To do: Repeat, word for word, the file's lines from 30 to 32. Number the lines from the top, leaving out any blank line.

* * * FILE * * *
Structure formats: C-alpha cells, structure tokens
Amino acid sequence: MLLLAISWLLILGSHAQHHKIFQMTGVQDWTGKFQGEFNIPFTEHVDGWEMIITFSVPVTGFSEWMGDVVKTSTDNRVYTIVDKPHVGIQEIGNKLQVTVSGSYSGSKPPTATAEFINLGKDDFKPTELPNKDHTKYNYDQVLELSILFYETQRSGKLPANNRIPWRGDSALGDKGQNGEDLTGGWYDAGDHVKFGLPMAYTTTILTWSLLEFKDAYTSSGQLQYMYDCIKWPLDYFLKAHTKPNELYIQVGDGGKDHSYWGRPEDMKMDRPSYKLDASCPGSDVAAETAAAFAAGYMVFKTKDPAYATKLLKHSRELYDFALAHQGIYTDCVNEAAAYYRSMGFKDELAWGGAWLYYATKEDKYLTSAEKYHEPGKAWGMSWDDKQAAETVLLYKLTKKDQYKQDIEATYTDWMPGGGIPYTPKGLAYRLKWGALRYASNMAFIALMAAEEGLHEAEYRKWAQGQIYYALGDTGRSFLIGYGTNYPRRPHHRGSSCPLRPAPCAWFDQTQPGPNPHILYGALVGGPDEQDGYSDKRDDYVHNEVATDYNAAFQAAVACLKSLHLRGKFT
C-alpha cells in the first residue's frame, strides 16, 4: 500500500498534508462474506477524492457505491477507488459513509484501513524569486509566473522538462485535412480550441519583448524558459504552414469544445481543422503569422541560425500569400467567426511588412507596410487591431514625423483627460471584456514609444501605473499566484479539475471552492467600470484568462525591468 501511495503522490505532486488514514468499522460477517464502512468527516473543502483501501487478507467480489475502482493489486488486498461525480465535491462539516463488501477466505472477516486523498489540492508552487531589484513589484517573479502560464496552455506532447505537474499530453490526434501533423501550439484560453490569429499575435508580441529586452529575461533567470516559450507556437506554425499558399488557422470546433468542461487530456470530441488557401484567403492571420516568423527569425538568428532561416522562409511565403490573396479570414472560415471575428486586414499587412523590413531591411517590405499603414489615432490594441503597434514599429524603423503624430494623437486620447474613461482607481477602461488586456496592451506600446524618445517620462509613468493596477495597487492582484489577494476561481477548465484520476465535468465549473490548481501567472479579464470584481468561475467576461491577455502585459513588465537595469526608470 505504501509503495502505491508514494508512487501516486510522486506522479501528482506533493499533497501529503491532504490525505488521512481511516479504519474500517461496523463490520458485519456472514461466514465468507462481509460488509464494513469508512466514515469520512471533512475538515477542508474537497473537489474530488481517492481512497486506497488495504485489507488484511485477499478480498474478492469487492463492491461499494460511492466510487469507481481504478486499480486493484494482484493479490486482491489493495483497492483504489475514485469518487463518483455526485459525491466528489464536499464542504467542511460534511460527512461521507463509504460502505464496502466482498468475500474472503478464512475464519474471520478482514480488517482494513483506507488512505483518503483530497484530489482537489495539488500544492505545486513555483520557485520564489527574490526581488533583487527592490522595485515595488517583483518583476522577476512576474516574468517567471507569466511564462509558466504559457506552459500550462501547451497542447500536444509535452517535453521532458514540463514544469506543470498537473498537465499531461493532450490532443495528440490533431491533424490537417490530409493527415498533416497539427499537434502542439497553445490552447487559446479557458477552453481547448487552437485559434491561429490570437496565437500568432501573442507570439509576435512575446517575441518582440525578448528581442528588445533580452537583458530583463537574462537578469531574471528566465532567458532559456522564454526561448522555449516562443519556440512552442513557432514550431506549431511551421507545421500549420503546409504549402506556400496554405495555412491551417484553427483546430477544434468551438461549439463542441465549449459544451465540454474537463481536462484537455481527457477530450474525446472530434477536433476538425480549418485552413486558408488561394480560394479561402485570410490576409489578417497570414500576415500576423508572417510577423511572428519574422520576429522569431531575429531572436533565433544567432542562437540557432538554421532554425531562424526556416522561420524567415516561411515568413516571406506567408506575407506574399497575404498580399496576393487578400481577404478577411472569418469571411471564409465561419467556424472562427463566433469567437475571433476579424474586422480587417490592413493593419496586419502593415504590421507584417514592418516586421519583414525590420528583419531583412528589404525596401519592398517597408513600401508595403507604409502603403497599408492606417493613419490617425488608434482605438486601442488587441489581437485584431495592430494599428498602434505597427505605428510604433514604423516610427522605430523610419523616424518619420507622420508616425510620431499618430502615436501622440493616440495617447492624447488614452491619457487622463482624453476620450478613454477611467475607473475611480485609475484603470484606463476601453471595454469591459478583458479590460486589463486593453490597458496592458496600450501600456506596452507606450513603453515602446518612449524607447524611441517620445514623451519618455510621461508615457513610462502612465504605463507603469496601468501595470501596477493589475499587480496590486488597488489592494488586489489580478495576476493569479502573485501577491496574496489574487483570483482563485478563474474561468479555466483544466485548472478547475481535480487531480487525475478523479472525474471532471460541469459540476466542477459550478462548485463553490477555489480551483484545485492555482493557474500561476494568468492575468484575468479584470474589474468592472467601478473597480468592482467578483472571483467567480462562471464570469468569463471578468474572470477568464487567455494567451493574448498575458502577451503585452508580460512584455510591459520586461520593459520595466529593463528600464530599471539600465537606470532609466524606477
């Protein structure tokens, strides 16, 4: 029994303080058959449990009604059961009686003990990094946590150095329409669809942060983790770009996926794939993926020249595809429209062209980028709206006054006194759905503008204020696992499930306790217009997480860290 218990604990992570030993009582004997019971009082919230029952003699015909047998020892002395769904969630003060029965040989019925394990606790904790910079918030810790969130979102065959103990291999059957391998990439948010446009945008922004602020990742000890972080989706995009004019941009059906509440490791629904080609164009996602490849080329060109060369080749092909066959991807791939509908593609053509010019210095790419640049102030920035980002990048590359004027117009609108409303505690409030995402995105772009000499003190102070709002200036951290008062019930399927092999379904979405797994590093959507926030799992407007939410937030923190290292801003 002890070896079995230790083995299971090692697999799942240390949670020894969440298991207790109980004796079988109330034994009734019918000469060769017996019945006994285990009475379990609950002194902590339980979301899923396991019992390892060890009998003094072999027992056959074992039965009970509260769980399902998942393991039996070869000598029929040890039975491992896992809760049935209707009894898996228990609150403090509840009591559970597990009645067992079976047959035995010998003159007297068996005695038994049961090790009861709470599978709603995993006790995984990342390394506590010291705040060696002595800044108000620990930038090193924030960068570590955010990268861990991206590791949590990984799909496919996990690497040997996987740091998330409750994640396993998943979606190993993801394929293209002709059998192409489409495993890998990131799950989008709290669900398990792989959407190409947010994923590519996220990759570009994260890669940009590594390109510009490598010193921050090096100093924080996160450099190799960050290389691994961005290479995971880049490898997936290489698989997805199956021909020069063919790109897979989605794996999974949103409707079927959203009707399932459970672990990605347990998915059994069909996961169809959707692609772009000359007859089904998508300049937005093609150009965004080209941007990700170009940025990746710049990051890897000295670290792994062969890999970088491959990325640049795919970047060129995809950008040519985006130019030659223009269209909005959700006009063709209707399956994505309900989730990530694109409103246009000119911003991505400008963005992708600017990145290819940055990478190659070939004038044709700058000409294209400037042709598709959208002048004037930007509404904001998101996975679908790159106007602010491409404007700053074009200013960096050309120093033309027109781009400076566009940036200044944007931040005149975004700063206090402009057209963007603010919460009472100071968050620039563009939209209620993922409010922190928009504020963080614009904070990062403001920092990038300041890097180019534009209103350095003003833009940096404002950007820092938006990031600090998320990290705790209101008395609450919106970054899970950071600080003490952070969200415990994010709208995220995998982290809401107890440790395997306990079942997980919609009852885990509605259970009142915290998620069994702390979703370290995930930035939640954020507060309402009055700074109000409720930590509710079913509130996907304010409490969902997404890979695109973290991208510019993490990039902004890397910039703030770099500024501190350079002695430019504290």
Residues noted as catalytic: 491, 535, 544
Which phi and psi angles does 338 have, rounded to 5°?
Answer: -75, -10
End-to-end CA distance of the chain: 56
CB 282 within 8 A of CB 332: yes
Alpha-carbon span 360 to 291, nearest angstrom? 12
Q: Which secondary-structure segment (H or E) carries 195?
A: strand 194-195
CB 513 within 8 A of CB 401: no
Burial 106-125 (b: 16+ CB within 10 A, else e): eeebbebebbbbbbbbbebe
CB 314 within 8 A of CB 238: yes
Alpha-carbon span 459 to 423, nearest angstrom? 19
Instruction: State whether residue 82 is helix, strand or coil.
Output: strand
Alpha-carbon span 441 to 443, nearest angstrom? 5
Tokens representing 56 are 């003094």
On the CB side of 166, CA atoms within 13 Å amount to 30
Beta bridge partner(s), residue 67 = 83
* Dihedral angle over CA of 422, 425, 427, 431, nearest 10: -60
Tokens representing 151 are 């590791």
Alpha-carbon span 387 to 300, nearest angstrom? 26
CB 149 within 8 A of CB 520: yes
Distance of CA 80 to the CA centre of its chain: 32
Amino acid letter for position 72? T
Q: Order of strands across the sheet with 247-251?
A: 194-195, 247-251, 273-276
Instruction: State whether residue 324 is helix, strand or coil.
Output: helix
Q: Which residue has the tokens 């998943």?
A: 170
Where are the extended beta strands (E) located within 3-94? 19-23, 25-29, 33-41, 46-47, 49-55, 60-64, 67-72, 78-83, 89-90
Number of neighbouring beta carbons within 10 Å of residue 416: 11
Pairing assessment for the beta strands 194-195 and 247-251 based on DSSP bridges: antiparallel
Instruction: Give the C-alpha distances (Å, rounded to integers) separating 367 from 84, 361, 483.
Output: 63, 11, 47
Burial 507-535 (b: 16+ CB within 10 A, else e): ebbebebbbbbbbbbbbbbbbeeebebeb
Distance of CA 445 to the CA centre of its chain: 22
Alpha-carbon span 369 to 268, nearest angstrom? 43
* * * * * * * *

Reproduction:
A: 194-195, 247-251, 273-276
Instruction: State whether residue 324 is helix, strand or coil.
Output: helix